(Bethany is a guest blogger for Think Christian. Read more about her here.)
I’m a little late on this one, but I can’t stop thinking about it. I was troubled by this editorial published in Slate a few weeks ago. The author, Andrew Santella, uses the Obama family’s church-shopping in DC as a springboard to discuss church shopping culture in general. His description extends beyond the process of finding a new church in a new place (something everyone has to do when they move) and includes a chronic culture of church shopping.
Santella argues that a church shopping culture encourages excellence as a reaction to competition. He writes, “But while it may be frequently derided as an example of rampant spiritual consumerism, shopping around can be one of the good things about the way religion is practiced in America.” In some ways, he anticipates my argument here: religion is not a product, we shouldn’t approach it that way.
However, my objection to his perspective is deeper. Santella doesn’t seem to recognize that there is more to belonging to a church than picking the flashiest band or the most inspiring preacher. He writes, “Knowing that churchgoers have so many options should keep pastors and preachers on their toes. In that sense, church shopping transfers a bit of power from the pulpit to the pews. And keeping a check on the power of church leaders is never a bad idea.”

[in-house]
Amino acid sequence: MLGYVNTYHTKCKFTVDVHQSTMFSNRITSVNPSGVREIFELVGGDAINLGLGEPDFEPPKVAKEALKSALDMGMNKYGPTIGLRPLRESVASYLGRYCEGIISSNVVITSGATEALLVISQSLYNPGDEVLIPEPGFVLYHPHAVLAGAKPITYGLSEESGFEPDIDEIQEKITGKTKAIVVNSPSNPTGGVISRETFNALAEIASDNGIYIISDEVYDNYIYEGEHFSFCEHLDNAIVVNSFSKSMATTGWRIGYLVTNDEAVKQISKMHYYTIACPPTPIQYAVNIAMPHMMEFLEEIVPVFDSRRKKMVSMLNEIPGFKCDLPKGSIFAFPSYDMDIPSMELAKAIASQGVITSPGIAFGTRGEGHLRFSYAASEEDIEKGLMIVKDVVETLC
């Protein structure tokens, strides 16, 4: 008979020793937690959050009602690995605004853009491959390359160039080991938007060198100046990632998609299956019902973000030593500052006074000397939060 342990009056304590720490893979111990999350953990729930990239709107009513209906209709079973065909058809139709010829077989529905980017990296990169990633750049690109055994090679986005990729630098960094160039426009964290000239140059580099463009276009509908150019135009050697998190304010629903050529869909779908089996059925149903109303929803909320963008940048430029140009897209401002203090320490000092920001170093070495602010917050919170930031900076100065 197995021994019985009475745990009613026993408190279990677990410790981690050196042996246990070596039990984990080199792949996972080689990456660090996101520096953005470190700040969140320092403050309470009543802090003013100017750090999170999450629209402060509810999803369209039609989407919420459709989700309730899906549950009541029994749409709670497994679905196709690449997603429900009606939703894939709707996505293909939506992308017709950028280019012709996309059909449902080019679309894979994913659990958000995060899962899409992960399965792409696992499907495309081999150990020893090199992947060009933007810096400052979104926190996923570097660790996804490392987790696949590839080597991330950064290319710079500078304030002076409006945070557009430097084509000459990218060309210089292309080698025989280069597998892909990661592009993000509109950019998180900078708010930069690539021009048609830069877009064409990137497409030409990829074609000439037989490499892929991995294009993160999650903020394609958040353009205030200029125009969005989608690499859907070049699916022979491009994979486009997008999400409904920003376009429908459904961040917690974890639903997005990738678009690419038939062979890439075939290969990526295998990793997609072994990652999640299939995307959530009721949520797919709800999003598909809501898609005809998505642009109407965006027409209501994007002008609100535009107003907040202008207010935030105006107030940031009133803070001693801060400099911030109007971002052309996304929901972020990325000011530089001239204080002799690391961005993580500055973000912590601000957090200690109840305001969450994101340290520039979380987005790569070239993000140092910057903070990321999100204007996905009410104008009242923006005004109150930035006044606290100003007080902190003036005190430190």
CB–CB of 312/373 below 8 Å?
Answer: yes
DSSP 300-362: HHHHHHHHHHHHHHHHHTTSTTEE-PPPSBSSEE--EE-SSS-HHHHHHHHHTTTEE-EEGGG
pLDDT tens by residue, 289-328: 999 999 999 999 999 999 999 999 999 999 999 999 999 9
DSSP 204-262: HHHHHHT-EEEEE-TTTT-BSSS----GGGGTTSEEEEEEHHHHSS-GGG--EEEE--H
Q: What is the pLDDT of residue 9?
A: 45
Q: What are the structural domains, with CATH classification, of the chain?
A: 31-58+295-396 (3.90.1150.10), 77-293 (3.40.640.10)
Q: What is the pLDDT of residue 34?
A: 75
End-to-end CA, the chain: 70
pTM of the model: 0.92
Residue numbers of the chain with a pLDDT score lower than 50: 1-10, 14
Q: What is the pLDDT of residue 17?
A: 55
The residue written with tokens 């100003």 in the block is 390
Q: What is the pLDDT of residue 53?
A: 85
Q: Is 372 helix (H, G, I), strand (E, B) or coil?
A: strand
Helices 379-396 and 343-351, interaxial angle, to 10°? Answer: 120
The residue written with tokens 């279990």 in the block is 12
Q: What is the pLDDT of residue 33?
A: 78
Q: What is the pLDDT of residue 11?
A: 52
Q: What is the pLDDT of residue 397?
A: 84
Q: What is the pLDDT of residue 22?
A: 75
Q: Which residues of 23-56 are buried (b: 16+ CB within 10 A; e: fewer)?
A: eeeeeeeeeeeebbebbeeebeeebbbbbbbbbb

Wait, church shopping transfers power into the pews? In every church I’ve ever belonged to, the real strength of the church resides firmly in the pews all the time. Of course, pastors are an important part of a church, but this is what I think Santella, and chronic church-shoppers don’t get: church is about community. If you never dig in and commit to a particular church community, you miss most of it.
Sure, ministers, sermons and worship are important parts of the life of a church, but all of that is empty if it isn’t the work of a real body of believers that supports each other and holds each other accountable. Indeed, those regular pew-sitters usually outlast any particular leader, and truly set the tone of the church. And here’s the thing about church shopping: if you don’t pick a place and invest in it, you are never going to make a difference there.
This, to me, is the real problem with the consumer model of church. Consumers attend churches looking for what they can get out of it, and this is certainly part of what we should think about, but they never ask themselves “what can I put in?” If we keep thinking of church as a product for sale, it keeps us from thinking about Christianity as a way of being. Viewing Christianity instead as a habit, a membership, a mode of life brings back the radical power of God’s work in us.
But it is hard for us to act that way if we keep thinking about our churches as a product that is competing in the market for consumers. The true measure of a church’s success is not the number of bodies in pews on Sunday morning or dollars in the budget—it’s the hands and feet of the congregation holding each other up and doing God’s work in the world.